Development Charges

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Consultation has concluded

This consultation is now closed

Our new bylaws have been adopted and will come into effect March 2, 2024.


How did we engage the community? 

In fall 2022 a Peer Review group was formed. The group is comprised of private citizens, community representatives, developer representatives, and a Council representative. This group met to review topics covered in the Development Charge Background Study. Participants openly discussed views and opinions and sought common ground. The Peer Review group’s feedback helped shape the early draft document that is now available to the wider public for comment. 

The 2023 Development Charges Background study was presented to Council on July 19, 2023. 

Between July 25 and August 13, 2023 the community was invited to submit comments and questions  to ensure the background study captures an approach to development charges that is the right fit for our community.

Read the full studies here:

The City’s current bylaw will expire on March 2, 2024. A Development Charges Background Study has been completed and approved as required, and new bylaws have been adopted and will come into effect March 2, 2024.

For more information and to stay up to date with Development charges, visit our page on Guelph.ca.

This consultation is now closed

Our new bylaws have been adopted and will come into effect March 2, 2024.


How did we engage the community? 

In fall 2022 a Peer Review group was formed. The group is comprised of private citizens, community representatives, developer representatives, and a Council representative. This group met to review topics covered in the Development Charge Background Study. Participants openly discussed views and opinions and sought common ground. The Peer Review group’s feedback helped shape the early draft document that is now available to the wider public for comment. 

The 2023 Development Charges Background study was presented to Council on July 19, 2023. 

Between July 25 and August 13, 2023 the community was invited to submit comments and questions  to ensure the background study captures an approach to development charges that is the right fit for our community.

Read the full studies here:

The City’s current bylaw will expire on March 2, 2024. A Development Charges Background Study has been completed and approved as required, and new bylaws have been adopted and will come into effect March 2, 2024.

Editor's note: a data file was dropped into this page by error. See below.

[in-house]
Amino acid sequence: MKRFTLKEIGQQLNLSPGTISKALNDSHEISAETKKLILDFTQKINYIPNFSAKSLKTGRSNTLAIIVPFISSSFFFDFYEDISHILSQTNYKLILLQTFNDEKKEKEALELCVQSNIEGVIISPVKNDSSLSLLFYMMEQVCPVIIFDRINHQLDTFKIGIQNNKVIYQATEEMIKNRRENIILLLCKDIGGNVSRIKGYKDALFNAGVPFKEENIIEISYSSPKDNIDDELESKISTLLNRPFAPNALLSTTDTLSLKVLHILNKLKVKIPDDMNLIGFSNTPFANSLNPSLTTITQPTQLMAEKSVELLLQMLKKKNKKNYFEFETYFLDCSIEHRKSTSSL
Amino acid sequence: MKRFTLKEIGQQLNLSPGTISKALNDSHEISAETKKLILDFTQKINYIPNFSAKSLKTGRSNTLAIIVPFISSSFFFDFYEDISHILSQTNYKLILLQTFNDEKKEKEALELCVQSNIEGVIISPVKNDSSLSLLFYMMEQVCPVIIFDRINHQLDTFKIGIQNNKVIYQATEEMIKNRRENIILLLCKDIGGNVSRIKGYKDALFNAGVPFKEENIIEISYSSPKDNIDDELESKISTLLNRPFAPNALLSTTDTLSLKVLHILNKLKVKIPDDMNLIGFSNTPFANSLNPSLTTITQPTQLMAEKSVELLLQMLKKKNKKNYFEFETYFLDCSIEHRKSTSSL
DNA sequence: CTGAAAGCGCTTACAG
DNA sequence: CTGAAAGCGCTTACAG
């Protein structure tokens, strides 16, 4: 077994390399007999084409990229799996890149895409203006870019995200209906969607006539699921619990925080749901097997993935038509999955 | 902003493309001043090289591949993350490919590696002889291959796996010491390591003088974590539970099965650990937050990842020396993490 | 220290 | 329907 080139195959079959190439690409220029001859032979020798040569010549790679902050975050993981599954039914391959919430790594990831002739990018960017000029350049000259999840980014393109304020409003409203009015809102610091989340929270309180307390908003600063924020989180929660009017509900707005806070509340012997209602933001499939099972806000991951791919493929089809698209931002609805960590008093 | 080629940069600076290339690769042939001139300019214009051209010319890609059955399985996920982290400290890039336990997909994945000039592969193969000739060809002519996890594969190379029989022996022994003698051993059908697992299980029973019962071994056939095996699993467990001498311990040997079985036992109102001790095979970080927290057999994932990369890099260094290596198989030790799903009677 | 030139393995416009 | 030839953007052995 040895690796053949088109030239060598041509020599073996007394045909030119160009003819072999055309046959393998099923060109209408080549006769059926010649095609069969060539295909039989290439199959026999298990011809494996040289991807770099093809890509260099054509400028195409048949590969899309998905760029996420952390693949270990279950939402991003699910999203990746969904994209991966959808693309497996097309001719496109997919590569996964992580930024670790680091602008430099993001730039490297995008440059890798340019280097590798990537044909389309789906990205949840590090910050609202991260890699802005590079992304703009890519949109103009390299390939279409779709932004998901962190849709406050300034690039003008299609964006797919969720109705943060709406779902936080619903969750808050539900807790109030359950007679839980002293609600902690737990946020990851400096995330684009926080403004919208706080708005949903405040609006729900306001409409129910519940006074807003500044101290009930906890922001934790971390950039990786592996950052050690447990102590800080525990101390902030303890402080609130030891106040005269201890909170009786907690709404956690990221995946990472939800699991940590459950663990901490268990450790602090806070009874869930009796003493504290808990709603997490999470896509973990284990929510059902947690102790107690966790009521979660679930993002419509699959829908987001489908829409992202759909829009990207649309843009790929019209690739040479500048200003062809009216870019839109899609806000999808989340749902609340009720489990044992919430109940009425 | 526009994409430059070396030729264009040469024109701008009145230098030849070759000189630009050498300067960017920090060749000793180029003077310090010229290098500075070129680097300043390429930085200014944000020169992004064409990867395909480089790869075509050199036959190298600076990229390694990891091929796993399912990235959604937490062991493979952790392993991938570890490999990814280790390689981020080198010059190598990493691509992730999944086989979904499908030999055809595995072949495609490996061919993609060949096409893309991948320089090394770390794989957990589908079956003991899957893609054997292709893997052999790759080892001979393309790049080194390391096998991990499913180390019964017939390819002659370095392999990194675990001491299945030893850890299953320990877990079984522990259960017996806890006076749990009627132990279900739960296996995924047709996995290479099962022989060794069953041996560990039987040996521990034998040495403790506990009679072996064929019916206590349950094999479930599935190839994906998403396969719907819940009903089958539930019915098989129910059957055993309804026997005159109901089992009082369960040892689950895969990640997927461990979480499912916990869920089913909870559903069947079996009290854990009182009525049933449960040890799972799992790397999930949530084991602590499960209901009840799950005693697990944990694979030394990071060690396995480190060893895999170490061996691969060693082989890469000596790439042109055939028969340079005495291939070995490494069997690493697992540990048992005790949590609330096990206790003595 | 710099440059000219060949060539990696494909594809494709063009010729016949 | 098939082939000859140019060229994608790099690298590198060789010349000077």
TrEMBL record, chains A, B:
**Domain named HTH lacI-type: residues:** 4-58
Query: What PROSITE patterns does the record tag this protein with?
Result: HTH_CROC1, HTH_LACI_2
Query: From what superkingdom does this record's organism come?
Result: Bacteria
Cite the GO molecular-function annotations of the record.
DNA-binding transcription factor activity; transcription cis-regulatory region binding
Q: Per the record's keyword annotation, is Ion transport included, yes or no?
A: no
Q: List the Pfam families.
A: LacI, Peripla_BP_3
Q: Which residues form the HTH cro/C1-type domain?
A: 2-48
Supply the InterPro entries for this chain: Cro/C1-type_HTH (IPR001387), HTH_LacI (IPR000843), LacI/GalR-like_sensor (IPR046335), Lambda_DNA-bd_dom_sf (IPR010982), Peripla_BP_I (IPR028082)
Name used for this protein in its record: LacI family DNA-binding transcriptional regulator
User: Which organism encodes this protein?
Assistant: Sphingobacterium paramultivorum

For more information and to stay up to date with Development charges, visit our page on Guelph.ca.

Consultation has concluded

We are an open book.  Ask us a question and we will get back to you in 2-3 business days.  You can also use this space to leave our team a comment about the background study

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    It is my understanding that taxpayers may need to pay as much as 8% more in property taxes if this goes ahead. Can you confirm that is true? It is also my understanding that if this goes through, our taxes will be subsidizing payment to developers in order to reduce costs for the new buyers of the to-be-developed housing infrastructure. Is that also correct?

    BC asked 7 months ago

    Thank you for your questions.

    Regarding your first question, the estimated costs of exemptions, discounts, and ineligible expenses associated with Bill 23 over 10 years is approximately $227 million. Bill 23 has received Royal Assent as of November 28, 2022 and some exemptions are in force. At this time, regulations have not yet been released to put into effect the affordable and attainable housing exemptions introduced under Bill 23.

    A delayed implementation of these regulations will delay in the impact of these exemptions on the City’s tax and rate funded budgets. We are working to estimate the annual budget impacts based on this uncertainty as well as timing of impacts from the new rate phase-in requirements. Recommendations for phasing in the impacts to tax and ratepayers will be forthcoming to Council through the 2024-2027 multi-year budget.

    Regarding your second question, payments are not made to developers by the City. Rather developments that are eligible for exemptions under the Development Charges Act will not have to pay development charges (or will receive a discount, as applicable). Any exemptions must be funded by property tax and utility rate payers to keep the development charge reserve funds whole, as outlined in the City’s Development Charge Exemption Policy.

    Please let us know if you have any further questions.